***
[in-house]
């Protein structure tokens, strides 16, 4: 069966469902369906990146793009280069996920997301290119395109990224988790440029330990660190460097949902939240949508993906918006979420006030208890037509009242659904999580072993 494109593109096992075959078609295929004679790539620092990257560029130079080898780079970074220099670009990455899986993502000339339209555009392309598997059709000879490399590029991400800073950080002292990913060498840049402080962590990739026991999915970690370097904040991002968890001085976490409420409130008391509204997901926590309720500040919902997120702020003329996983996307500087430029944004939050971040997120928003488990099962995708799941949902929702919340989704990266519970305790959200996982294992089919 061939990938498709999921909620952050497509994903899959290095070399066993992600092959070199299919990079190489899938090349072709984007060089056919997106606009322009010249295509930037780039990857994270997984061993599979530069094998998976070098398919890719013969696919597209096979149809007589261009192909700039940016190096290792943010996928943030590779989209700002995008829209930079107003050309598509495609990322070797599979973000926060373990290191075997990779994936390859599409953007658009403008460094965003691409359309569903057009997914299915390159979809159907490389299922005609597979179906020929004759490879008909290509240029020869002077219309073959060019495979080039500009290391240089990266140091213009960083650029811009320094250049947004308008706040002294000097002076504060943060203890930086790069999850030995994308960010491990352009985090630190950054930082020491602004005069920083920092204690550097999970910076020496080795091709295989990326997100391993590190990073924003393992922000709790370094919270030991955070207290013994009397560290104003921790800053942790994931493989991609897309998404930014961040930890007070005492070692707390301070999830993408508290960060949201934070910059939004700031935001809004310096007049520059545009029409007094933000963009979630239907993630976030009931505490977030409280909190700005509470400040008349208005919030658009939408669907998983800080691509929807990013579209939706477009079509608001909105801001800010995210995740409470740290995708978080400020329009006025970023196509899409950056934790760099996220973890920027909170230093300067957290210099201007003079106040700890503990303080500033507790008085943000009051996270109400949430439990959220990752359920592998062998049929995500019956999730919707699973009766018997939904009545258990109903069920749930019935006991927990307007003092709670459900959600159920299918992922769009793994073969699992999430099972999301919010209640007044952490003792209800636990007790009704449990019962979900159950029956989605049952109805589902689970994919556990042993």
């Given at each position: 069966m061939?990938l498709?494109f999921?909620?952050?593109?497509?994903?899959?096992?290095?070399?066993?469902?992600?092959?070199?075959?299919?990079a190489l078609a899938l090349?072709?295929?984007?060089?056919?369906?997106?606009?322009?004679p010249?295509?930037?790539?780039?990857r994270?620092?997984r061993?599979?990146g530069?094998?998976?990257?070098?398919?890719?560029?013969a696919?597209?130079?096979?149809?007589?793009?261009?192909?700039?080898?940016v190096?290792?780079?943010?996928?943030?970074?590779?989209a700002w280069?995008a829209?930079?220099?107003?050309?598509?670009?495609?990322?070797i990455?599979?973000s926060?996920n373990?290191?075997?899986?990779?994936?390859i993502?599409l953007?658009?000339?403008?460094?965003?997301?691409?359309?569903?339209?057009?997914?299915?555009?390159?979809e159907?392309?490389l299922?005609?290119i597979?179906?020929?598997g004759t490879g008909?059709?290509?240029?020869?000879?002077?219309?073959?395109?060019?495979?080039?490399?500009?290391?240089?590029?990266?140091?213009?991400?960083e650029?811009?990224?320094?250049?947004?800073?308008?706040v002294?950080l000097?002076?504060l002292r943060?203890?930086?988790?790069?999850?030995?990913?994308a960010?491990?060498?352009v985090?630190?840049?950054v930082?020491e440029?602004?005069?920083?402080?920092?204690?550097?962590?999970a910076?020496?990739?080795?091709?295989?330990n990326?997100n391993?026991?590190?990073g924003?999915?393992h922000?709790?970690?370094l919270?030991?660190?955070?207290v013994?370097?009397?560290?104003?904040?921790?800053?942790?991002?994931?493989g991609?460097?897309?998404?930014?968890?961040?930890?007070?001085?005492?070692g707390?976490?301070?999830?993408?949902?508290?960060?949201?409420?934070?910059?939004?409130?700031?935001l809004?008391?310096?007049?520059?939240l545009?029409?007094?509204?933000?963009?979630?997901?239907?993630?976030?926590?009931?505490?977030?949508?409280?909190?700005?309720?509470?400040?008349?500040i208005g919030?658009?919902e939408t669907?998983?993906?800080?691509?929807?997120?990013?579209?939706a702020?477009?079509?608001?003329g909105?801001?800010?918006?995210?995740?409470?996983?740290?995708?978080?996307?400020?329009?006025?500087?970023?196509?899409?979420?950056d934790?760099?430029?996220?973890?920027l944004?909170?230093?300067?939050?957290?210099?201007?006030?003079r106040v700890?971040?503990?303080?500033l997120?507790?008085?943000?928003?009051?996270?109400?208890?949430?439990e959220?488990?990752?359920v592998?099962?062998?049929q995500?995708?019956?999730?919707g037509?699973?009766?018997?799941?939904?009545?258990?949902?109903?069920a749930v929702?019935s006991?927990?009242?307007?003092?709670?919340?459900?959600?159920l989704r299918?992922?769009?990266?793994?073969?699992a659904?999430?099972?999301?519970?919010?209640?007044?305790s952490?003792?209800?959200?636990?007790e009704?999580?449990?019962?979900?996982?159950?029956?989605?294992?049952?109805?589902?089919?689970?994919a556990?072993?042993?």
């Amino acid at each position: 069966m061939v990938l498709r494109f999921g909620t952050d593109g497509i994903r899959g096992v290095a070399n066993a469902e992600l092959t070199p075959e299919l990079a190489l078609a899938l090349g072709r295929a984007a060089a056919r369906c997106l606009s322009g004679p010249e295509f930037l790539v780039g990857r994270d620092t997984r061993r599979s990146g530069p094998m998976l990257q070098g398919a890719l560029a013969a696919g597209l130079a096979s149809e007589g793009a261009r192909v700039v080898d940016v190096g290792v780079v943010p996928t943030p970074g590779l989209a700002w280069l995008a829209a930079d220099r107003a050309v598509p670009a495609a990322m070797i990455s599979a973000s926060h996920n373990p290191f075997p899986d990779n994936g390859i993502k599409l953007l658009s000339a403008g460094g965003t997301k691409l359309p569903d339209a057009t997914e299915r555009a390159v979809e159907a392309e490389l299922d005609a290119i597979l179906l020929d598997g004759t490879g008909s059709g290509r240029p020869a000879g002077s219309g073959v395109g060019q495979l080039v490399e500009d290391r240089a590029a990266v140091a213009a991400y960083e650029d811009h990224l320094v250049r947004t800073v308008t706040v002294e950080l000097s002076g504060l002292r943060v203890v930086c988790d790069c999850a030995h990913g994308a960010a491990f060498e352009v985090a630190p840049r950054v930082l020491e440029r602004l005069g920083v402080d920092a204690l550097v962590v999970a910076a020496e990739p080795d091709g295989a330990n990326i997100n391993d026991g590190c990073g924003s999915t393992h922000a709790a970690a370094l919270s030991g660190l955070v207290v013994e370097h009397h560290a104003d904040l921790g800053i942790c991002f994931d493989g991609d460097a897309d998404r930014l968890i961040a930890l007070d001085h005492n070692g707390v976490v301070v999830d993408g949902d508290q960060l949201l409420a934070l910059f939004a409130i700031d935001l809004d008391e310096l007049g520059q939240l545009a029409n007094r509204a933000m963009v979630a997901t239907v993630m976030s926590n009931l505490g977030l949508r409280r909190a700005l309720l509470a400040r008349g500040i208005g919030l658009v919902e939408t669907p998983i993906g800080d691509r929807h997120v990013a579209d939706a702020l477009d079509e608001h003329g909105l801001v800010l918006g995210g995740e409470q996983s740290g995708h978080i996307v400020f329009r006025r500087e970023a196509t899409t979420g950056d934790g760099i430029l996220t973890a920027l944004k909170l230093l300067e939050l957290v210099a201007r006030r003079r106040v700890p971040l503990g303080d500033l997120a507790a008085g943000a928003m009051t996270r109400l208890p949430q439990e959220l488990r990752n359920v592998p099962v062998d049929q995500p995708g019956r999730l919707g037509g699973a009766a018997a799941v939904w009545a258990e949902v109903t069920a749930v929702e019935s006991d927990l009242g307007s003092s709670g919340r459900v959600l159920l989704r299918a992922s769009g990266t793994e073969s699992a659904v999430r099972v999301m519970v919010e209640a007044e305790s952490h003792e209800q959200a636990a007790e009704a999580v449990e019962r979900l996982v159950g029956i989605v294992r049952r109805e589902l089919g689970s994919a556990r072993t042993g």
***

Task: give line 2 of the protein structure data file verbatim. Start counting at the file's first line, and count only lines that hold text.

């Protein structure tokens, strides 16, 4: 069966469902369906990146793009280069996920997301290119395109990224988790440029330990660190460097949902939240949508993906918006979420006030208890037509009242659904999580072993 494109593109096992075959078609295929004679790539620092990257560029130079080898780079970074220099670009990455899986993502000339339209555009392309598997059709000879490399590029991400800073950080002292990913060498840049402080962590990739026991999915970690370097904040991002968890001085976490409420409130008391509204997901926590309720500040919902997120702020003329996983996307500087430029944004939050971040997120928003488990099962995708799941949902929702919340989704990266519970305790959200996982294992089919 061939990938498709999921909620952050497509994903899959290095070399066993992600092959070199299919990079190489899938090349072709984007060089056919997106606009322009010249295509930037780039990857994270997984061993599979530069094998998976070098398919890719013969696919597209096979149809007589261009192909700039940016190096290792943010996928943030590779989209700002995008829209930079107003050309598509495609990322070797599979973000926060373990290191075997990779994936390859599409953007658009403008460094965003691409359309569903057009997914299915390159979809159907490389299922005609597979179906020929004759490879008909290509240029020869002077219309073959060019495979080039500009290391240089990266140091213009960083650029811009320094250049947004308008706040002294000097002076504060943060203890930086790069999850030995994308960010491990352009985090630190950054930082020491602004005069920083920092204690550097999970910076020496080795091709295989990326997100391993590190990073924003393992922000709790370094919270030991955070207290013994009397560290104003921790800053942790994931493989991609897309998404930014961040930890007070005492070692707390301070999830993408508290960060949201934070910059939004700031935001809004310096007049520059545009029409007094933000963009979630239907993630976030009931505490977030409280909190700005509470400040008349208005919030658009939408669907998983800080691509929807990013579209939706477009079509608001909105801001800010995210995740409470740290995708978080400020329009006025970023196509899409950056934790760099996220973890920027909170230093300067957290210099201007003079106040700890503990303080500033507790008085943000009051996270109400949430439990959220990752359920592998062998049929995500019956999730919707699973009766018997939904009545258990109903069920749930019935006991927990307007003092709670459900959600159920299918992922769009793994073969699992999430099972999301919010209640007044952490003792209800636990007790009704449990019962979900159950029956989605049952109805589902689970994919556990042993």